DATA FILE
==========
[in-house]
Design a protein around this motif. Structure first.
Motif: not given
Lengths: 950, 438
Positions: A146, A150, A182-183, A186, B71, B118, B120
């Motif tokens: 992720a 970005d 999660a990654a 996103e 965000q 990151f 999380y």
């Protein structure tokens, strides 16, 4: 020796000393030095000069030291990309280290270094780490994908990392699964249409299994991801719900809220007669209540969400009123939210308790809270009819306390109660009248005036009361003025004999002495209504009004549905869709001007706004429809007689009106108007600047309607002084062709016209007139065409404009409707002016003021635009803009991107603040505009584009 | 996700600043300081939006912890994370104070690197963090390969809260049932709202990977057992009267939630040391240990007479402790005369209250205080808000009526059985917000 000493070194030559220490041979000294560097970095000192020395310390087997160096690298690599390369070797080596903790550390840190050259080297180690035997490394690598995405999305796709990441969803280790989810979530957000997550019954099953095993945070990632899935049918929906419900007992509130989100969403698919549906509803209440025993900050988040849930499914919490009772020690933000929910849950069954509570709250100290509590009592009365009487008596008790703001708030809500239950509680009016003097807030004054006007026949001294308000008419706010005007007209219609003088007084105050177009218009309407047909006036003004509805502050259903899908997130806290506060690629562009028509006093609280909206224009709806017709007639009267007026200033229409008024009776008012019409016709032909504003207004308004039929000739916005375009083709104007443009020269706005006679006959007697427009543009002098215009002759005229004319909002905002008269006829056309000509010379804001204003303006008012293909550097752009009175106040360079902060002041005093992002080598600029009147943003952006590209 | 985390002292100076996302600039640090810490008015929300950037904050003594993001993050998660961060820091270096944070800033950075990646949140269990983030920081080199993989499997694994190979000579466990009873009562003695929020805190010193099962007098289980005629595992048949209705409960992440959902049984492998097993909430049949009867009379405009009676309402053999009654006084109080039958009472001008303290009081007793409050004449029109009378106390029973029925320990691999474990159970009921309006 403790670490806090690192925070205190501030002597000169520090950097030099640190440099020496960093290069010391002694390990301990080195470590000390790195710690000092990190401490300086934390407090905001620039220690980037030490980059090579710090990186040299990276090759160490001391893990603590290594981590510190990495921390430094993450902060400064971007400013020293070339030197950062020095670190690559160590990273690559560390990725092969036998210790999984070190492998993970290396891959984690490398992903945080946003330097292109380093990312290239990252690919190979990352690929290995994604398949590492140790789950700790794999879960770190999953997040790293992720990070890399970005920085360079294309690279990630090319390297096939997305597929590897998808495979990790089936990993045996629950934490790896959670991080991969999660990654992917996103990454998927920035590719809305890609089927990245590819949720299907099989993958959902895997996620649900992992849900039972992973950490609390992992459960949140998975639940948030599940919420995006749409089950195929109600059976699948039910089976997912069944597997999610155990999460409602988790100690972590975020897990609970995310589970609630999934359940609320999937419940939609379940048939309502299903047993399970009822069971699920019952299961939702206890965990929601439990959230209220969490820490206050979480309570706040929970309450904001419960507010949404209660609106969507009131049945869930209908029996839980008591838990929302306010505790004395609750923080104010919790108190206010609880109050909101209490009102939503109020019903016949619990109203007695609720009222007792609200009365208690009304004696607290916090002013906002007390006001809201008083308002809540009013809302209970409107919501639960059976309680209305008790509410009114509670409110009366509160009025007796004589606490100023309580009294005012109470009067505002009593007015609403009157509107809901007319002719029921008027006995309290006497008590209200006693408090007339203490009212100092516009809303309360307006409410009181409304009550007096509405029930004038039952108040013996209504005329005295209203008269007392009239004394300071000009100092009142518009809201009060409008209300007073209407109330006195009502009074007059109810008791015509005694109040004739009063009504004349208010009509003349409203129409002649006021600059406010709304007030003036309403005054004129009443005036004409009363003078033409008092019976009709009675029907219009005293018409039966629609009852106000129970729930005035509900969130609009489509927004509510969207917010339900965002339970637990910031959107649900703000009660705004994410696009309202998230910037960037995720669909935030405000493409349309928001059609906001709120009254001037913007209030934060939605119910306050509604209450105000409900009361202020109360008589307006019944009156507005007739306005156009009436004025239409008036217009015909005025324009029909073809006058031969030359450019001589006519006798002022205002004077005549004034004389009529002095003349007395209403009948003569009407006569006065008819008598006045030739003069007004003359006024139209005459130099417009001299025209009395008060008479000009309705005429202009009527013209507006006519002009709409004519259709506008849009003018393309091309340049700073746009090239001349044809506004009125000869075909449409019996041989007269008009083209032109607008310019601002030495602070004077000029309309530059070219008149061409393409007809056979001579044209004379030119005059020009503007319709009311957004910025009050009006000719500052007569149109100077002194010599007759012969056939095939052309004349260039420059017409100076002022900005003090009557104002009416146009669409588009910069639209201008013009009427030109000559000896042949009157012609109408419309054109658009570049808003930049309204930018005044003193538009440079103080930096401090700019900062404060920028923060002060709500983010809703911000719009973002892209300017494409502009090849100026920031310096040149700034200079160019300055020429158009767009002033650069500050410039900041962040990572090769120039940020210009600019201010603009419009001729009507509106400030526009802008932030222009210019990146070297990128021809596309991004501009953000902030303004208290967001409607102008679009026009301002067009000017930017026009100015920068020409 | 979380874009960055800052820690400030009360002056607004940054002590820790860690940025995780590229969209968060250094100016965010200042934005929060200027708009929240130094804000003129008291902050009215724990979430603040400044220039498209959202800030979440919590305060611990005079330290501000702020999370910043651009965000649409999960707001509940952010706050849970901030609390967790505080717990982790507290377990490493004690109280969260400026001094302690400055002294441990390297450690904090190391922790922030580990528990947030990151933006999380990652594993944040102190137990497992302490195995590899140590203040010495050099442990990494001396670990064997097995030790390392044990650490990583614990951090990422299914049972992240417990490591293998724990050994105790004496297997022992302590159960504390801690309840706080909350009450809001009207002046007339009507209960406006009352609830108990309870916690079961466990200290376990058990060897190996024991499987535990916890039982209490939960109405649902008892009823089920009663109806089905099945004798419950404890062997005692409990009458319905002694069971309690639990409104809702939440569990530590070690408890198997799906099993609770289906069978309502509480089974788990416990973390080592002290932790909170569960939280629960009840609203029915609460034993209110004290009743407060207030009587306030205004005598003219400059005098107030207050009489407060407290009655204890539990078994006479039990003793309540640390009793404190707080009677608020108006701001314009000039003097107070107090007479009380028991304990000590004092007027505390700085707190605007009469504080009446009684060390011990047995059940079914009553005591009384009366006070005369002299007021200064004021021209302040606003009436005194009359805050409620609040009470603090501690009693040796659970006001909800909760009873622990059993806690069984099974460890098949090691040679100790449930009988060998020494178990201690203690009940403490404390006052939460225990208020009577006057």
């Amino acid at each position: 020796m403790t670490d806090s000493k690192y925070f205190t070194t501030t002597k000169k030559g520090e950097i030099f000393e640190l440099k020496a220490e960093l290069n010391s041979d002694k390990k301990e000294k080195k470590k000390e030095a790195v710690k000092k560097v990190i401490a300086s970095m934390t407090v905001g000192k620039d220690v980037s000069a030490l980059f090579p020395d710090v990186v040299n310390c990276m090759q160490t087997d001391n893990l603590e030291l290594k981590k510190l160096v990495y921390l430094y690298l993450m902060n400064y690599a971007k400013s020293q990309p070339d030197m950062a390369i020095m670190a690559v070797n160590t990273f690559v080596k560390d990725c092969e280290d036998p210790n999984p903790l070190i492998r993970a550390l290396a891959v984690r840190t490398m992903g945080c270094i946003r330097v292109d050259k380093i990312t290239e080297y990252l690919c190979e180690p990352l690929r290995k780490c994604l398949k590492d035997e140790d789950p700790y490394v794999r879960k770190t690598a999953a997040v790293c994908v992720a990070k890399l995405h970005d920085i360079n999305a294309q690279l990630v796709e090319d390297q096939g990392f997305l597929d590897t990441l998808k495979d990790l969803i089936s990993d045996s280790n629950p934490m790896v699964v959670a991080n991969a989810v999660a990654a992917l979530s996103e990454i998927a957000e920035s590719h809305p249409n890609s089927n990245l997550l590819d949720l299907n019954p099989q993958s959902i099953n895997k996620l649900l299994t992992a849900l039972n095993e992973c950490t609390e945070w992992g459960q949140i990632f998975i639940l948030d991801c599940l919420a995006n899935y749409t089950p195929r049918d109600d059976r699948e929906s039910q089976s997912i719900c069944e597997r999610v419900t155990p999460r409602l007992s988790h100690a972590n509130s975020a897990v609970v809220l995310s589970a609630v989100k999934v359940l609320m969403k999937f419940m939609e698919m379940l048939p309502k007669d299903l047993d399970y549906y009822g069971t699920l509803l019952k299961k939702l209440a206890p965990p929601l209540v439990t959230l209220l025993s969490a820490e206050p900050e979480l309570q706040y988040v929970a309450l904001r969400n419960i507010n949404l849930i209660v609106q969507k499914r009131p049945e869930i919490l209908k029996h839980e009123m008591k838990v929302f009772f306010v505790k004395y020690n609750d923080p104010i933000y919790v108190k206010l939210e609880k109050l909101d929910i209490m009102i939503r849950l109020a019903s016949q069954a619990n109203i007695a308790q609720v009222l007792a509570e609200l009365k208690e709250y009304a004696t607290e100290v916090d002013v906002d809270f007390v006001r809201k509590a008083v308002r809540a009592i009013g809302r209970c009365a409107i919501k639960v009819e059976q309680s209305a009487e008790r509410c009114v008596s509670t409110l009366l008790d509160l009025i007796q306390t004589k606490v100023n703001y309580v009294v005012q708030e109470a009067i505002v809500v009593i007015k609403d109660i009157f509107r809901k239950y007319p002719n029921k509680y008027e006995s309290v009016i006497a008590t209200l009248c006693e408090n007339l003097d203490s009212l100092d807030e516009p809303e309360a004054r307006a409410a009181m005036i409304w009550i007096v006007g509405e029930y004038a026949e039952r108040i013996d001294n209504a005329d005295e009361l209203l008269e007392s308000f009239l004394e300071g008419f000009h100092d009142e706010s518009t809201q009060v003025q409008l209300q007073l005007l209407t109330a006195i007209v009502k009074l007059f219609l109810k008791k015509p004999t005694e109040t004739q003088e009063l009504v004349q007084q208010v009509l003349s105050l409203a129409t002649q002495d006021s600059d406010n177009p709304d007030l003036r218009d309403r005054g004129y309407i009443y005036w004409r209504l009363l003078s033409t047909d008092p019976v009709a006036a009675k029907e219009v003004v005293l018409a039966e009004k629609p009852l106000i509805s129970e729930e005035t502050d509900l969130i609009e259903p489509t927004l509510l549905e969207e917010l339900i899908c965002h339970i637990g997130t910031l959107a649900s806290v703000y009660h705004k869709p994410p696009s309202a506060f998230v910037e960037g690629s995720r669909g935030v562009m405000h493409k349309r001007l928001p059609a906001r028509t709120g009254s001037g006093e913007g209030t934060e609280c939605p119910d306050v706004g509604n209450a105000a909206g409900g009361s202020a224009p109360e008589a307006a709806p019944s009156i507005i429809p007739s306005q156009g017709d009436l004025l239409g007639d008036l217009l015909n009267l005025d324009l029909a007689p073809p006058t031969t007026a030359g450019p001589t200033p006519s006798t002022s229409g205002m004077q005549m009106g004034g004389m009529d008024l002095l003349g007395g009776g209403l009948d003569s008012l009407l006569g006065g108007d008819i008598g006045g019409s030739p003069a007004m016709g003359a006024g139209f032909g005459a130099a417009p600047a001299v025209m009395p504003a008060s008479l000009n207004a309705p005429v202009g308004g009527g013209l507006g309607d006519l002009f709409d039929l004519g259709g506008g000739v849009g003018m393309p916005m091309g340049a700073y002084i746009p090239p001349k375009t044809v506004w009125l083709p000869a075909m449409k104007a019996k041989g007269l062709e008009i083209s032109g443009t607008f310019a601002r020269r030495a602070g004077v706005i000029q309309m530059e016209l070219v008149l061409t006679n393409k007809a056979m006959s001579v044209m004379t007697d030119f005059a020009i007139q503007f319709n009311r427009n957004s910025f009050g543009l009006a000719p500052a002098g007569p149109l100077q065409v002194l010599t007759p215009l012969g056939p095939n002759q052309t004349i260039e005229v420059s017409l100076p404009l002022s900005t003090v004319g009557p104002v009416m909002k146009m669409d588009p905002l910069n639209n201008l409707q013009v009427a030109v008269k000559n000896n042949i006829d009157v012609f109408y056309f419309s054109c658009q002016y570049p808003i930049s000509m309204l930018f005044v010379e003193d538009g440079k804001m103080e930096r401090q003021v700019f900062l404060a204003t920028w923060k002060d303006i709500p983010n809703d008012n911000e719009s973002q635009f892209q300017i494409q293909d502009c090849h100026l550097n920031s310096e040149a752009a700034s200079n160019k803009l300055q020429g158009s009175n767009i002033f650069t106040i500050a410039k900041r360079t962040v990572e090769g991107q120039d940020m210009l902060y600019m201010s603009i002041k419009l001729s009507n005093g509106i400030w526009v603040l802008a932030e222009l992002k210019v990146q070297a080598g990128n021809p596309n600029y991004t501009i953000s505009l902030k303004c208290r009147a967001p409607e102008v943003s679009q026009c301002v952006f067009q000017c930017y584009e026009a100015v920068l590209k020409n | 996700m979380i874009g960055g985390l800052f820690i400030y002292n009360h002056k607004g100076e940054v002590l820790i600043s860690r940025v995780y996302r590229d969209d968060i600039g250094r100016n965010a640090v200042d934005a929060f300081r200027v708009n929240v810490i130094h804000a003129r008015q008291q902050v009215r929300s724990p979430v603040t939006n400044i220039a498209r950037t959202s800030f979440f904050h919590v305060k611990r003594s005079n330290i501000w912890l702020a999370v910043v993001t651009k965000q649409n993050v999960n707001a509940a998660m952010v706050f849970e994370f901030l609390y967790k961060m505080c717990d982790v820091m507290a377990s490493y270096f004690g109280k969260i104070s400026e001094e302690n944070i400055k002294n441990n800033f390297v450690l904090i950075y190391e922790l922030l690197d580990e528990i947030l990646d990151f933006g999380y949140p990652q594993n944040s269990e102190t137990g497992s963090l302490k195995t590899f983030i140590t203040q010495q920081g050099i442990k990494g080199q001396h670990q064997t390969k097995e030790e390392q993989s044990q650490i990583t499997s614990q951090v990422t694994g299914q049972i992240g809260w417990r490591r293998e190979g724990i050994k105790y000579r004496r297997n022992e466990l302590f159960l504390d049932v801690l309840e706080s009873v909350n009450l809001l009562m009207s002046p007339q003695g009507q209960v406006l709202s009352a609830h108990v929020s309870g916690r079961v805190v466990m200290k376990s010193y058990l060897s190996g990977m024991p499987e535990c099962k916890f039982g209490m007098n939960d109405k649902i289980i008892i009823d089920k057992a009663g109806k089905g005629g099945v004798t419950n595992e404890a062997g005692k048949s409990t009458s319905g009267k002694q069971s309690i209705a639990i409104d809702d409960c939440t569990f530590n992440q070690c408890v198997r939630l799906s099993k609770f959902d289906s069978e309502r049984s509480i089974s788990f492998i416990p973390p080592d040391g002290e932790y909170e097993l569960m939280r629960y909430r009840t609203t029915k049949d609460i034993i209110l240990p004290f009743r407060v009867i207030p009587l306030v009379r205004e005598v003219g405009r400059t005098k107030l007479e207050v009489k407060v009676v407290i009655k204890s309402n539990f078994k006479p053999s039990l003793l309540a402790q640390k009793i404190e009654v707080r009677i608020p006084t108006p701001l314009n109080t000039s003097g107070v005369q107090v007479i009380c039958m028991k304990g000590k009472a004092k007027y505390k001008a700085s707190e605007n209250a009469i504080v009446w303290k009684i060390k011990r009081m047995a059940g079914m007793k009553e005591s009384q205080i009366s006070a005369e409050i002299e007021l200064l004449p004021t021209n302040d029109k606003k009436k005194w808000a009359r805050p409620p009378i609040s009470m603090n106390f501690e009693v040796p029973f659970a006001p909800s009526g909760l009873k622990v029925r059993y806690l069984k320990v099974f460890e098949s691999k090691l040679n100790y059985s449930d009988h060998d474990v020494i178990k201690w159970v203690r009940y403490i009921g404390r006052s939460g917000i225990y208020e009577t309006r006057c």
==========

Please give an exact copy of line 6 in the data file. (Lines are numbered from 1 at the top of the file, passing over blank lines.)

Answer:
């Motif tokens: 992720a 970005d 999660a990654a 996103e 965000q 990151f 999380y």